organization. A well designed and implemented financial management is expected to contribute positively to the
creation of a firms value (Padachi, 2006). Ultimate goal of profitability of a firm can be achieved by efficient
use of resources. It is concerned with maximization of shareholders or owners wealth (Panwala, 2009). Bank
financial performance evaluation is traditionally based on the analysis of financial ratios such return on equity
(ROE), return on assets (ROA), net interest margin (NIM), capital asset ratio, growth rate of total revenue,
cost/income ratio. However, regardless of how many ratios are being used, a model that would fully satisfy the
analysis of needs and bank operations efficiency evaluation has not been developed yet. For this reason, the
financial ratio analysis is complemented with different quality evaluations, with features such as management
quality, equity structure, competitive position and others to be included into the final evaluation (Tihomir 2001).
2.1
Studies on banks Financial Performance
Medhat (2006) evaluated the financial performance of Omani Commercial banks used multiple regression
analysis and correlations by employing ROA and interest income as performance proxies which represented as
the dependent variables, and bank size, asset management and operational efficiency as independent variables.
Found that, there is strong positive correlation between financial performance and operational efficiency and a
moderate correlation between ROA and bank size, while, ANOVA analysis; results indicated that, there exists an
impact of those independent variables on financial performance as the F-stat was significant and below the 5%.
Ahmad (2011) investigated the financial performance of seven Jordanian commercial banks; the study used
ROA as a measure of banks financial performance and the bank size, asset management and operational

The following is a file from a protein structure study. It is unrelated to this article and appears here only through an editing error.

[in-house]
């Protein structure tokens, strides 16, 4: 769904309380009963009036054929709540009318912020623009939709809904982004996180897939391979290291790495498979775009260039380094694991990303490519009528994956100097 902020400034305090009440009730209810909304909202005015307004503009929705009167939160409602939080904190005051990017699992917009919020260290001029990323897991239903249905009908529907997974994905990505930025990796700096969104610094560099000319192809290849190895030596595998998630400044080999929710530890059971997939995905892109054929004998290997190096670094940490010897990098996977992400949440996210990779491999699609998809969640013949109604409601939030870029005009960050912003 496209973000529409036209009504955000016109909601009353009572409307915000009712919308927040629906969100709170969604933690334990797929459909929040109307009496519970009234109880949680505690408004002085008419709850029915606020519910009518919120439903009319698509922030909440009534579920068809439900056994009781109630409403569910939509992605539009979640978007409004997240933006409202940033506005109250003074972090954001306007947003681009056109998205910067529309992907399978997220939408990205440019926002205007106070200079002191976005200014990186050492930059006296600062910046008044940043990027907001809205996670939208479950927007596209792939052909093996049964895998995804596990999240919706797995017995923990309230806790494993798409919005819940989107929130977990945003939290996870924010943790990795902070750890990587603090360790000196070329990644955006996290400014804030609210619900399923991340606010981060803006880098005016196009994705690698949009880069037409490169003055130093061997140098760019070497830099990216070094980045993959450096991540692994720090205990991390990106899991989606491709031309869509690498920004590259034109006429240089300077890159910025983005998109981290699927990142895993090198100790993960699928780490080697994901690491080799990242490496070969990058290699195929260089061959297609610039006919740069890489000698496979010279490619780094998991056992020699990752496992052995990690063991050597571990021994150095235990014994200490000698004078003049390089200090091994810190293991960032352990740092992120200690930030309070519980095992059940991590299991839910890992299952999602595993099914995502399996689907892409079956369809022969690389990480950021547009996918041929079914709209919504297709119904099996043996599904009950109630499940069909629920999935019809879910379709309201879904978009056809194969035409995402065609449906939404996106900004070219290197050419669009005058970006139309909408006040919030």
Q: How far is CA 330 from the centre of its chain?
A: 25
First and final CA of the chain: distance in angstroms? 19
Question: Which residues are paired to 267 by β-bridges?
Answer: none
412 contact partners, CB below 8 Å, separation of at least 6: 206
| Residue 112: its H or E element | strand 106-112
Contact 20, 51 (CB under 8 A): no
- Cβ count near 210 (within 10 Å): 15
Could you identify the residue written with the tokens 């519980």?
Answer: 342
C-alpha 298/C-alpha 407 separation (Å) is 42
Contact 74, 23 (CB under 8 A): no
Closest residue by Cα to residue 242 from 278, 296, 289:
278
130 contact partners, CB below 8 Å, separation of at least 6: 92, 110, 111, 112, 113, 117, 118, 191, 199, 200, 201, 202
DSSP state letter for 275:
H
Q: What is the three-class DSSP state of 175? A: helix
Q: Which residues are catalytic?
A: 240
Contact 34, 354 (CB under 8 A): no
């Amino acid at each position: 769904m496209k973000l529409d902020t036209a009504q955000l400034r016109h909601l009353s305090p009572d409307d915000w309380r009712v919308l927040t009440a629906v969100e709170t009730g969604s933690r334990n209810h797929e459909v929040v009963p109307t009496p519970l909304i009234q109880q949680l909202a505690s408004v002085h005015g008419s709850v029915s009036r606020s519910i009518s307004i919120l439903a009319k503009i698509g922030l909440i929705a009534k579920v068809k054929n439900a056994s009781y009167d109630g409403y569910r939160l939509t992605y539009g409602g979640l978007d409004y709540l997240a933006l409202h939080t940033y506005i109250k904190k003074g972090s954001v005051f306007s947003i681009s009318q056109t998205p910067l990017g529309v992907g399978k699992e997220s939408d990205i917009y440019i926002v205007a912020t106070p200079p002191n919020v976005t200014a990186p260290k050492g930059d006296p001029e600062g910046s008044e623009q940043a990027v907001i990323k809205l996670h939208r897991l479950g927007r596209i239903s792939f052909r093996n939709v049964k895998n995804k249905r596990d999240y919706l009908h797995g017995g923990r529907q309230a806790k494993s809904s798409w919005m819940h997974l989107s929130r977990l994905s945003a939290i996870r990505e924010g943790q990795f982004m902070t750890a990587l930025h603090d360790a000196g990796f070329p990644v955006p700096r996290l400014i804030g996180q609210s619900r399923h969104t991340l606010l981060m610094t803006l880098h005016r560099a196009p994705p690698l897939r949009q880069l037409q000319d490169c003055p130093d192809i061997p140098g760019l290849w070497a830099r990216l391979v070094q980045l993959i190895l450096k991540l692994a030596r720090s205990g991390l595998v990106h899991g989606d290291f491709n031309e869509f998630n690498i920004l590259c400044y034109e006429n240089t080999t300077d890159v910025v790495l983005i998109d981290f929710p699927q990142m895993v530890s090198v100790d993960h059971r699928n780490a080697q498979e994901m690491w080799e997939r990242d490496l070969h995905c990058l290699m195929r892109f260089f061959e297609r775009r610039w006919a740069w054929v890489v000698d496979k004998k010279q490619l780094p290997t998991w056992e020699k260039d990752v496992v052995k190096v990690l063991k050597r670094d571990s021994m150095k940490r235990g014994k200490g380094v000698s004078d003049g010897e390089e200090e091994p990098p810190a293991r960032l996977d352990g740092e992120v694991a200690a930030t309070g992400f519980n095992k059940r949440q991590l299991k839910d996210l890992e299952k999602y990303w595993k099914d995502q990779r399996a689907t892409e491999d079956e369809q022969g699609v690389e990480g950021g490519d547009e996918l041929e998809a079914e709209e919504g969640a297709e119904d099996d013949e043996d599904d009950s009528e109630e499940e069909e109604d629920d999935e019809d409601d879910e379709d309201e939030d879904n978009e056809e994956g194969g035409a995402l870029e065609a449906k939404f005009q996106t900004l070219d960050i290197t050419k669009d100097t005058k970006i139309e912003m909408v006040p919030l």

efficiency as three independent variables affecting the financial performance. The results of the study showed a
strong negative correlation between ROA and banks size, a strong positive correlation between ROA and asset
management ratio, and a negative weak correlation between ROA and operational efficiency. Khizer at el
(2011) study about banks profitability in Pakistan, they found a significant relation between asset management
ratios, capital and economic growth and with ROA, the operating efficiency, asset management and economic
growth are significant with the ROE. On the other hand, domestic banks are determined to have a lesser capital
adequacy ratio than foreign banks. Chiaku at el (2006) examined the comparative performance of small U.S.
commercial banks, medium size commercial banks and large commercial banks for the period of 1997-2002 by
employing profit efficiency (PROFEFF), return-on-assets (ROA), interest income, non interest income and loan
loss reserve as criteria for the comparison. The results showed that between 1997 and 1999, small banks were
more profit efficient (PROFEFF) than large banks but less than medium- size banks. Abdus at el (2006)
evaluated the inter-temporal performance of commercial banks; the study was based on three categories of bank
size, large, medium and small banks in the State of Utah for the period of 5 years from 2000 to 2004, by using
two measures of performance profits and quality of loans. T-tests and Kruskal-Wallis tests were applied to a
variety of standard bank operations measures to determine whether there are significant differences in